We have been together longer now than our first marriages lasted, and I consider meeting him as a great blessing in my life, something I could not have engineered. The early years of our marriage were difficult financially until we landed professional jobs, but again it was persistence, a conscious commitment to our values, and a vision of what our lives could be like that has made the difference. A great spiritual teacher I was exposed to as a teenager used to say that we need to “work as though it all depends on us, and pray as though it all depends on God.” I think that this is key.
How are you financially supporting your family and how does that fulfill your mission or calling in life?
I went on to graduate with two master’s degrees, one in psychotherapy and counseling, which made it possible for me to work in professional settings including college teaching as an adjunct professor. Earning my doctorate made it possible for me to teach university. I would send out my resume and receive offers to teach and then the positions started finding me without effort on my part. That’s how eventually I was recruited to teach at a university. This is also where I see the hand of God: We can have all kinds of plans ourselves but there also seems to be “time and chance,” as some people call it. I did not foresee that the bulk of my career would be college teaching, but I loved it. I have always maintained a psychotherapy practice and continue to enjoy encouraging people who need emotional support (see my healing website at www.clearwatershealing.com).
These days, I also work as a lay preacher (another opportunity that took me by surprise) and I am also a consultant for a wonderful skincare line (solney.myrandf.com). For a long time, my motto was “Just say yes!” (to reasonable things, of course!), but these days it is also, “What would make life more wonderful–for you and me both?” The second quote was inspired by Marshall Rosenberg, the inventor of nonviolent communication. I accept invitations to speak and teach, occasionally run retreats, and assist others with psycho-spiritual educational groups such as recovery from grief. I am not always paid for what I do, but I love my life and the opportunities that arise in it and feel that I am fulfilling my purpose.
What advice do you have for women who are in the beginning stages of separation and divorce?
If you are in the beginning stages of separation and divorce, I recommend getting professional advice and support, which does not always require money. One resource, for example, is Legal Aid. Don’t go it alone and don’t be too proud to ask for help–get to know other women in the same situation. There are many competent and knowledgeable people who understand the pitfalls after divorce, which, in the US, include the possibility of poverty unless you are already in a professional field that will support you and your children.
Learn about your legal rights for financial support by your ex-spouse. Consider using mediation rather than a lawyer. Mediation entails only a couple of hundred dollars at the most versus thousands through the court system. Know that you can file for a divorce yourself, including obtaining the necessary papers from your local courthouse or city hall. Do not even consider returning to or staying in an abusive marriage unless your partner commits to going through long-term psychotherapy. And realize that your family of origin may not be supportive of your decisions even though you are an adult, which is another reason to get to know other women and support systems.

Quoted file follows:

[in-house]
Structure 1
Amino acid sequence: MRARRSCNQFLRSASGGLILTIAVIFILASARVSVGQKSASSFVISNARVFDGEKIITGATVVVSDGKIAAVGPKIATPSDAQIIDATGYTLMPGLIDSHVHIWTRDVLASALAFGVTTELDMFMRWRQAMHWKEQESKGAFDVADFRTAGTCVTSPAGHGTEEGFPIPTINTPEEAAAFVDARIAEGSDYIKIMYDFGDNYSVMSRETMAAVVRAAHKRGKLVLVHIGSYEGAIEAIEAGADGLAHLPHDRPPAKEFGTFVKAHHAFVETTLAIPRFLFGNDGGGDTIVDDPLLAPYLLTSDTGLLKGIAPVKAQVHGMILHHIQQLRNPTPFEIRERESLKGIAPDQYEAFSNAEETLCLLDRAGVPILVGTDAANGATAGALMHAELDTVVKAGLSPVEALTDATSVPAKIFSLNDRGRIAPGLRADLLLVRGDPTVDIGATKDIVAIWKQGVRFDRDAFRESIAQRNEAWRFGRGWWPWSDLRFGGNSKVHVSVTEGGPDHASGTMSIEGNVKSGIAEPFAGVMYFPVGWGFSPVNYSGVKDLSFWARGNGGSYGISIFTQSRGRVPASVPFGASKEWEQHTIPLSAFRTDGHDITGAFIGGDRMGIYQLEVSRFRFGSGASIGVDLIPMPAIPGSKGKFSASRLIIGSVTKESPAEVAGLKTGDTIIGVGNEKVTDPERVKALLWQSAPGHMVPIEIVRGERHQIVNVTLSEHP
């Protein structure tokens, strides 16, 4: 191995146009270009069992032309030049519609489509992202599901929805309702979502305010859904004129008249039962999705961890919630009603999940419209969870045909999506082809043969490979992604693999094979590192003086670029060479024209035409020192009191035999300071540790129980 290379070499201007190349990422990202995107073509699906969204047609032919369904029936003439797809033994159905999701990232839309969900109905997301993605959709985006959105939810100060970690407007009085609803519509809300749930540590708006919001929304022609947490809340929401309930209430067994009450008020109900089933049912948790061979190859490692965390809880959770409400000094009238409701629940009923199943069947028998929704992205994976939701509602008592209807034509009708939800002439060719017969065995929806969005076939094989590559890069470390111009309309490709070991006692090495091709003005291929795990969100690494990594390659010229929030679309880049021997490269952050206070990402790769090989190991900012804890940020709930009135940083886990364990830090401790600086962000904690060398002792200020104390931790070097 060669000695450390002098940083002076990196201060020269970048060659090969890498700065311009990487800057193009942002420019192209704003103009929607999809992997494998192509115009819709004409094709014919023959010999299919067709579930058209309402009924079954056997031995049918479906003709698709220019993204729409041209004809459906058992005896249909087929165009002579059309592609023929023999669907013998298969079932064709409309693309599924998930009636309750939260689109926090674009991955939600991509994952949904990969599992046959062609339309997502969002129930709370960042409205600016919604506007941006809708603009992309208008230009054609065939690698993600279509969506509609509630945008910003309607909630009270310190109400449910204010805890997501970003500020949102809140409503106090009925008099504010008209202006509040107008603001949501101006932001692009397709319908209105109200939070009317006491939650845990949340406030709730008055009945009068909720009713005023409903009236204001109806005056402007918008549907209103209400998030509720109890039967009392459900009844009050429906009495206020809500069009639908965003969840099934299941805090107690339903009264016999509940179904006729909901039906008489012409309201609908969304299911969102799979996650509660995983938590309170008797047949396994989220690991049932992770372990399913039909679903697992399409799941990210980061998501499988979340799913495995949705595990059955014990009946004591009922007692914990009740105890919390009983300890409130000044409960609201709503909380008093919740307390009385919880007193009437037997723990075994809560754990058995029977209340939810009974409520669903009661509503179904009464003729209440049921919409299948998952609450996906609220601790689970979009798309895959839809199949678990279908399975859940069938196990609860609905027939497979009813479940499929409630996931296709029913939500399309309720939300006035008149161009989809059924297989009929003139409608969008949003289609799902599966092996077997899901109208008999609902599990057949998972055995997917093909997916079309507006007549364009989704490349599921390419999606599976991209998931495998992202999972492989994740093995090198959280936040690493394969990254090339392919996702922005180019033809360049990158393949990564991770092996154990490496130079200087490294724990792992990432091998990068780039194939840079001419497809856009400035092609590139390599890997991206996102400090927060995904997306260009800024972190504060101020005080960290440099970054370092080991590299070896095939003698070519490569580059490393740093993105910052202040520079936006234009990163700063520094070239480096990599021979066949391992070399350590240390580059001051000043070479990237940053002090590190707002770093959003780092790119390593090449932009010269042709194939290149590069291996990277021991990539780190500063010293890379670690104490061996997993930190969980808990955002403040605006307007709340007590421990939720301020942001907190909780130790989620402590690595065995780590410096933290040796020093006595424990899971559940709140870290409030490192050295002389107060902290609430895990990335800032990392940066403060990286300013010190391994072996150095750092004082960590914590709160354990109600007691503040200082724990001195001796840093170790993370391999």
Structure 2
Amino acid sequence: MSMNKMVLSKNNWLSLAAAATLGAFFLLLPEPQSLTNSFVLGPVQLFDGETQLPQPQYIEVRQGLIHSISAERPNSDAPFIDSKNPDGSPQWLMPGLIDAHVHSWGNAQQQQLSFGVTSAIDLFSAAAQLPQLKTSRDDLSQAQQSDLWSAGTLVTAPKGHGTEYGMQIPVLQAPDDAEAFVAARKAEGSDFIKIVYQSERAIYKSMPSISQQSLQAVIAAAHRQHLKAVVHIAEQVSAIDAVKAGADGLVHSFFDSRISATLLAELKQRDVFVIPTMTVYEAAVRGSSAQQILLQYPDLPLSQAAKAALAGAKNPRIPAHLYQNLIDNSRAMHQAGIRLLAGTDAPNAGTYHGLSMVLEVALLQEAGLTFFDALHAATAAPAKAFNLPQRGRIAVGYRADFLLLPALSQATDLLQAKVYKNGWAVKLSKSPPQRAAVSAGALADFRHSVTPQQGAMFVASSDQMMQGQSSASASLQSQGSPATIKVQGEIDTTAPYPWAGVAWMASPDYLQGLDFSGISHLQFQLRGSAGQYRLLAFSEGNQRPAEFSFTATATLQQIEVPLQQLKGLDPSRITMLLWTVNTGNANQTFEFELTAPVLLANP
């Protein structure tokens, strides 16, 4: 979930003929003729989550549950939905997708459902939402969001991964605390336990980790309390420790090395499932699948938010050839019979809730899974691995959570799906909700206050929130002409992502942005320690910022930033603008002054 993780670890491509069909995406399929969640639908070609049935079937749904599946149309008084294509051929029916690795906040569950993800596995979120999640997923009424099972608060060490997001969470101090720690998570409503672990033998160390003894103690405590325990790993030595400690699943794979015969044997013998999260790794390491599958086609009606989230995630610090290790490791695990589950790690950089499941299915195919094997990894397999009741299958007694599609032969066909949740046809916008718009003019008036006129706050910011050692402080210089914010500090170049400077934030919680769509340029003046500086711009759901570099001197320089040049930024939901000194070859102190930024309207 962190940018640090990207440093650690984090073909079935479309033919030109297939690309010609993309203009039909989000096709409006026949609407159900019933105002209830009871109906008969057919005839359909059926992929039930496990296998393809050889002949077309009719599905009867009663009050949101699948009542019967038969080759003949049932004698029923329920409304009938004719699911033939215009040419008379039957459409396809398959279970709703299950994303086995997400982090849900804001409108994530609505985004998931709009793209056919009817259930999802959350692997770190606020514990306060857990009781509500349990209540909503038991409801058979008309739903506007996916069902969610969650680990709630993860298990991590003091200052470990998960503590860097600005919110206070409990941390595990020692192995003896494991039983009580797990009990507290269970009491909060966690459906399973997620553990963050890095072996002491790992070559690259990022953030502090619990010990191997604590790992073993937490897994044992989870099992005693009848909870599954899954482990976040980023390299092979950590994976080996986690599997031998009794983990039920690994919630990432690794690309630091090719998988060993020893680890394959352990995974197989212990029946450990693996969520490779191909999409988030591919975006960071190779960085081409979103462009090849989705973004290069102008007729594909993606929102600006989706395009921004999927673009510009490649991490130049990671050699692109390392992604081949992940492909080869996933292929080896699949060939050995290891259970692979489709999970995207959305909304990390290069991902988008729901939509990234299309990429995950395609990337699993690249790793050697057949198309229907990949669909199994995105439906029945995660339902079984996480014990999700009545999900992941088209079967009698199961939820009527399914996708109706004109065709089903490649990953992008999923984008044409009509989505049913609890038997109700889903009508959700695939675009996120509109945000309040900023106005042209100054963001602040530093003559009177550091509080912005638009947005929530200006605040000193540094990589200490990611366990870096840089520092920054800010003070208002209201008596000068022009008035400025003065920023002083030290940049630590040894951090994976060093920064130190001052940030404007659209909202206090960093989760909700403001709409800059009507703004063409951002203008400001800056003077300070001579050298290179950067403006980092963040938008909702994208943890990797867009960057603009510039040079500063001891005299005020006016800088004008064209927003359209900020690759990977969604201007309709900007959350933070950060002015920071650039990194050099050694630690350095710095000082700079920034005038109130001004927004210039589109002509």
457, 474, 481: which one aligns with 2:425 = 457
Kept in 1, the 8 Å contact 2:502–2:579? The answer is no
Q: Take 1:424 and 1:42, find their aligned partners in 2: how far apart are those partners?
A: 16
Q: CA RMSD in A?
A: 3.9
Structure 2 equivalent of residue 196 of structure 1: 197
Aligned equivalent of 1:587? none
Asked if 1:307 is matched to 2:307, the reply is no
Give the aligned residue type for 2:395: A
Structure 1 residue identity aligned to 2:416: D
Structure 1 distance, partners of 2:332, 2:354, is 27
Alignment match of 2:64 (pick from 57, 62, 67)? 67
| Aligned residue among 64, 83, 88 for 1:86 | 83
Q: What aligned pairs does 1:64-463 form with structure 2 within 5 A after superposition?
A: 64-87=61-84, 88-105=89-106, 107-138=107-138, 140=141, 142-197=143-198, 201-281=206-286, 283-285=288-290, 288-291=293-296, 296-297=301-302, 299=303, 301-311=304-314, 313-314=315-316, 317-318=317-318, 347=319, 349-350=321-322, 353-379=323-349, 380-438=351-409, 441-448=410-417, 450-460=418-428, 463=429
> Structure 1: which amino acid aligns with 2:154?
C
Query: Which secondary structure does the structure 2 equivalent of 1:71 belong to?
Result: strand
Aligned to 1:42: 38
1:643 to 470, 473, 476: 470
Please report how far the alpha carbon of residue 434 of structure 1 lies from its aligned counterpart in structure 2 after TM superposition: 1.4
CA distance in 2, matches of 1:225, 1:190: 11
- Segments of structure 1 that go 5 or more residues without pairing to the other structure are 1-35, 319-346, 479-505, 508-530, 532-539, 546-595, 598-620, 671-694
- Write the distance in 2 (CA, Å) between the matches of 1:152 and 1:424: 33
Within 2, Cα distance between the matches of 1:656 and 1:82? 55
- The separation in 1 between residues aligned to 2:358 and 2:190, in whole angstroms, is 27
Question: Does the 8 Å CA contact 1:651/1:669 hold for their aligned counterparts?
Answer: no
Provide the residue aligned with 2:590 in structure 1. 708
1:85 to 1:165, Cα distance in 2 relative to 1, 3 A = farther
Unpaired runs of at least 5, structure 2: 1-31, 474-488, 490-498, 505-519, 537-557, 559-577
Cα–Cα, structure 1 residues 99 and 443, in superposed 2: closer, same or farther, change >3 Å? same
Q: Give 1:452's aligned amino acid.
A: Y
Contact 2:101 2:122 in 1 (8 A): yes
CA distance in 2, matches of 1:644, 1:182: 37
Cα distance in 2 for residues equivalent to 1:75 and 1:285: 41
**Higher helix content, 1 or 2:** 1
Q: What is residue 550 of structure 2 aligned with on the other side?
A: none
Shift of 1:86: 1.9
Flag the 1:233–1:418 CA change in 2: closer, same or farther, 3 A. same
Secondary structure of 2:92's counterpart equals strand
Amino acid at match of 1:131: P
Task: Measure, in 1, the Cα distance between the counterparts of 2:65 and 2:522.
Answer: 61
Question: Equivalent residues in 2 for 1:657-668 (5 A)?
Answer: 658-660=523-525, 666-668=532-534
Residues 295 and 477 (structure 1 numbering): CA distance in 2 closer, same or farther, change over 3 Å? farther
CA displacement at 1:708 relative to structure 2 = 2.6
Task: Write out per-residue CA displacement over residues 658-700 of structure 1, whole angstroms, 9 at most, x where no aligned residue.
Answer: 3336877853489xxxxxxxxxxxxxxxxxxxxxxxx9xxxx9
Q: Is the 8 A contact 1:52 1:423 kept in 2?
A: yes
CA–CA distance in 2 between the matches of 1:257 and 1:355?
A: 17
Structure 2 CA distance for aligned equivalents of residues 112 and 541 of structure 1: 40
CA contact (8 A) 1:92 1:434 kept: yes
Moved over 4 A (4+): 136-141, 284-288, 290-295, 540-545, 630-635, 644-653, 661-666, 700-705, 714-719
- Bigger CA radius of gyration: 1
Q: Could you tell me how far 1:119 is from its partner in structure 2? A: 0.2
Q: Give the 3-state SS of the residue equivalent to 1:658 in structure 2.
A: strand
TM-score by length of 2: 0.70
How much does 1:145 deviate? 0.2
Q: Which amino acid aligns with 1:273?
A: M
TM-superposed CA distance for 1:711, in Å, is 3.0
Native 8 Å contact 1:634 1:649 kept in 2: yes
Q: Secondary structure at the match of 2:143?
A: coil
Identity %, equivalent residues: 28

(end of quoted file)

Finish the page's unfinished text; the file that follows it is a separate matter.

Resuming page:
What are you reading or what would you recommend?
I enjoy reading books about spiritual topics, such as the works of Cynthia Bourgeault about centering prayer and Christ. Currently, I am reading The Personhood of God by Yochanan Muffs. I also recommend studying books about managing one’s emotions and how to create functional relationships, such as John Gottman’s The Seven Principles for Making Marriage Work.
What quote inspires you and why?
My favorite quote is, “We can do no great things–only small things with great love,” originally by the mystic Teresa of Avila (1515-1582), because when I was younger I yearned to do something great. I desired to make a difference in the world. As I got older, I began to wake up to the fact that every day we have opportunities to make a difference, and that touching people’s lives begins right in our own homes. We are doing something great when we treat our
family members, friends, and colleagues with love and affection, seeking to be of service in any way we can. And we are doing something great when we do not leave ourselves out of the picture, which many women tend to do. If we cannot even treat ourselves with kindness, the odds are not good that we can behave this way with others.
What question do you wish I would have asked and what is the answer?
I love the question, “What do you think makes life worth living?” At this point in my life, it seems to me that the answer is “relationship.” It may seem that I am referring only to people, but I mean everything that arises in our lives. So, instead of defensively withdrawing from things and people and situations, I think that we need to engage them consciously and make decisions on that basis. In this way, reality itself becomes a source of healing as we practice trust and courage. I suppose I am talking about “showing up” for life.
Sylvia Olney was born in Germany and brought to Australia by her immigrant parents. She was educated in Australia but went back to Europe to attend college. There, she met her first husband, gave birth to their two children, and helped to manage three church parishes. Eventually, Sylvia and her family emigrated to the US, where she returned to college and created a career in teaching and counseling.